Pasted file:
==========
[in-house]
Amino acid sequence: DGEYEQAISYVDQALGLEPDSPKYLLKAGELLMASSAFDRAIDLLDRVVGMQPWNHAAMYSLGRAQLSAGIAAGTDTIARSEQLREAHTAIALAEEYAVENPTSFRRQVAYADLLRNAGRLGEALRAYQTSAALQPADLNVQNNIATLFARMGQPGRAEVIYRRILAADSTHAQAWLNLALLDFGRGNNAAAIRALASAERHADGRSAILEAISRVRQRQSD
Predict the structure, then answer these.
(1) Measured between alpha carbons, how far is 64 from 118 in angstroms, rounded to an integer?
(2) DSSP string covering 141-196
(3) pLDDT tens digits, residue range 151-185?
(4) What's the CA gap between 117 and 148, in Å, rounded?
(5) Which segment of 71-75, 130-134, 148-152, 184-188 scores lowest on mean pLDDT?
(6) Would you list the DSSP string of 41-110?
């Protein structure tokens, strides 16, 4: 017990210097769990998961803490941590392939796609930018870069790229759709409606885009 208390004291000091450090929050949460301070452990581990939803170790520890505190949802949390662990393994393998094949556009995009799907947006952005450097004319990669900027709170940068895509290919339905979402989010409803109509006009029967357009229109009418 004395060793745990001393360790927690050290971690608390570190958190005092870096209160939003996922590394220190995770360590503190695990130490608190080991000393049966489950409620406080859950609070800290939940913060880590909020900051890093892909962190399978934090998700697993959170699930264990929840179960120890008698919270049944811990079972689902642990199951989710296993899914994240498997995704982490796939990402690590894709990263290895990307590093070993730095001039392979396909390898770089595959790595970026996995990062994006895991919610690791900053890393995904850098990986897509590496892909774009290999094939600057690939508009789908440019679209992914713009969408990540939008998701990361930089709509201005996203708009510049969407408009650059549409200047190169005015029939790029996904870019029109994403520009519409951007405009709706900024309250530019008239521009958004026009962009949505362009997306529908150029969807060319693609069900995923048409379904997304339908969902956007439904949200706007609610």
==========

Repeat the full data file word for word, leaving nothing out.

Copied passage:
[in-house]
Amino acid sequence: DGEYEQAISYVDQALGLEPDSPKYLLKAGELLMASSAFDRAIDLLDRVVGMQPWNHAAMYSLGRAQLSAGIAAGTDTIARSEQLREAHTAIALAEEYAVENPTSFRRQVAYADLLRNAGRLGEALRAYQTSAALQPADLNVQNNIATLFARMGQPGRAEVIYRRILAADSTHAQAWLNLALLDFGRGNNAAAIRALASAERHADGRSAILEAISRVRQRQSD
Predict the structure, then answer these.
(1) Measured between alpha carbons, how far is 64 from 118 in angstroms, rounded to an integer?
(2) DSSP string covering 141-196
(3) pLDDT tens digits, residue range 151-185?
(4) What's the CA gap between 117 and 148, in Å, rounded?
(5) Which segment of 71-75, 130-134, 148-152, 184-188 scores lowest on mean pLDDT?
(6) Would you list the DSSP string of 41-110?
């Protein structure tokens, strides 16, 4: 017990210097769990998961803490941590392939796609930018870069790229759709409606885009 208390004291000091450090929050949460301070452990581990939803170790520890505190949802949390662990393994393998094949556009995009799907947006952005450097004319990669900027709170940068895509290919339905979402989010409803109509006009029967357009229109009418 004395060793745990001393360790927690050290971690608390570190958190005092870096209160939003996922590394220190995770360590503190695990130490608190080991000393049966489950409620406080859950609070800290939940913060880590909020900051890093892909962190399978934090998700697993959170699930264990929840179960120890008698919270049944811990079972689902642990199951989710296993899914994240498997995704982490796939990402690590894709990263290895990307590093070993730095001039392979396909390898770089595959790595970026996995990062994006895991919610690791900053890393995904850098990986897509590496892909774009290999094939600057690939508009789908440019679209992914713009969408990540939008998701990361930089709509201005996203708009510049969407408009650059549409200047190169005015029939790029996904870019029109994403520009519409951007405009709706900024309250530019008239521009958004026009962009949505362009997306529908150029969807060319693609069900995923048409379904997304339908969902956007439904949200706007609610």